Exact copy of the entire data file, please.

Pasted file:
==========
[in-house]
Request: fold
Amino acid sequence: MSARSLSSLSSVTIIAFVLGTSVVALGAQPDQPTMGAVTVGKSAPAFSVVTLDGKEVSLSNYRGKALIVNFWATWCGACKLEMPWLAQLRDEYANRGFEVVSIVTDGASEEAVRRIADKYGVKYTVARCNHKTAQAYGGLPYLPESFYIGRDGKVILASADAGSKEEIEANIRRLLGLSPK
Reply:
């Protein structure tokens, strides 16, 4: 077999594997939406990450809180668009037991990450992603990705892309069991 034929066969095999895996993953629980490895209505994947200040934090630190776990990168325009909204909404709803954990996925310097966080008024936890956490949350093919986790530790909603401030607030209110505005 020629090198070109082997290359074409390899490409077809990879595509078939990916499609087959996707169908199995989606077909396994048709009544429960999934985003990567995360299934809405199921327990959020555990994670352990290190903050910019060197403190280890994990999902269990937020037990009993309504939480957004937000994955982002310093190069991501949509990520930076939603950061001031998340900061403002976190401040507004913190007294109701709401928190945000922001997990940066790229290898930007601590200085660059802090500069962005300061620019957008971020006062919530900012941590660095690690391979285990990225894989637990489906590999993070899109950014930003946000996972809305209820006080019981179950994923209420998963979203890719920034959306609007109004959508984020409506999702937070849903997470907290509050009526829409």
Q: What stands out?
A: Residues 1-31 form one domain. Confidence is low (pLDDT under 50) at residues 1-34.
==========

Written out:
[in-house]
Request: fold
Amino acid sequence: MSARSLSSLSSVTIIAFVLGTSVVALGAQPDQPTMGAVTVGKSAPAFSVVTLDGKEVSLSNYRGKALIVNFWATWCGACKLEMPWLAQLRDEYANRGFEVVSIVTDGASEEAVRRIADKYGVKYTVARCNHKTAQAYGGLPYLPESFYIGRDGKVILASADAGSKEEIEANIRRLLGLSPK
Reply:
């Protein structure tokens, strides 16, 4: 077999594997939406990450809180668009037991990450992603990705892309069991 034929066969095999895996993953629980490895209505994947200040934090630190776990990168325009909204909404709803954990996925310097966080008024936890956490949350093919986790530790909603401030607030209110505005 020629090198070109082997290359074409390899490409077809990879595509078939990916499609087959996707169908199995989606077909396994048709009544429960999934985003990567995360299934809405199921327990959020555990994670352990290190903050910019060197403190280890994990999902269990937020037990009993309504939480957004937000994955982002310093190069991501949509990520930076939603950061001031998340900061403002976190401040507004913190007294109701709401928190945000922001997990940066790229290898930007601590200085660059802090500069962005300061620019957008971020006062919530900012941590660095690690391979285990990225894989637990489906590999993070899109950014930003946000996972809305209820006080019981179950994923209420998963979203890719920034959306609007109004959508984020409506999702937070849903997470907290509050009526829409």
Q: What stands out?
A: Residues 1-31 form one domain. Confidence is low (pLDDT under 50) at residues 1-34.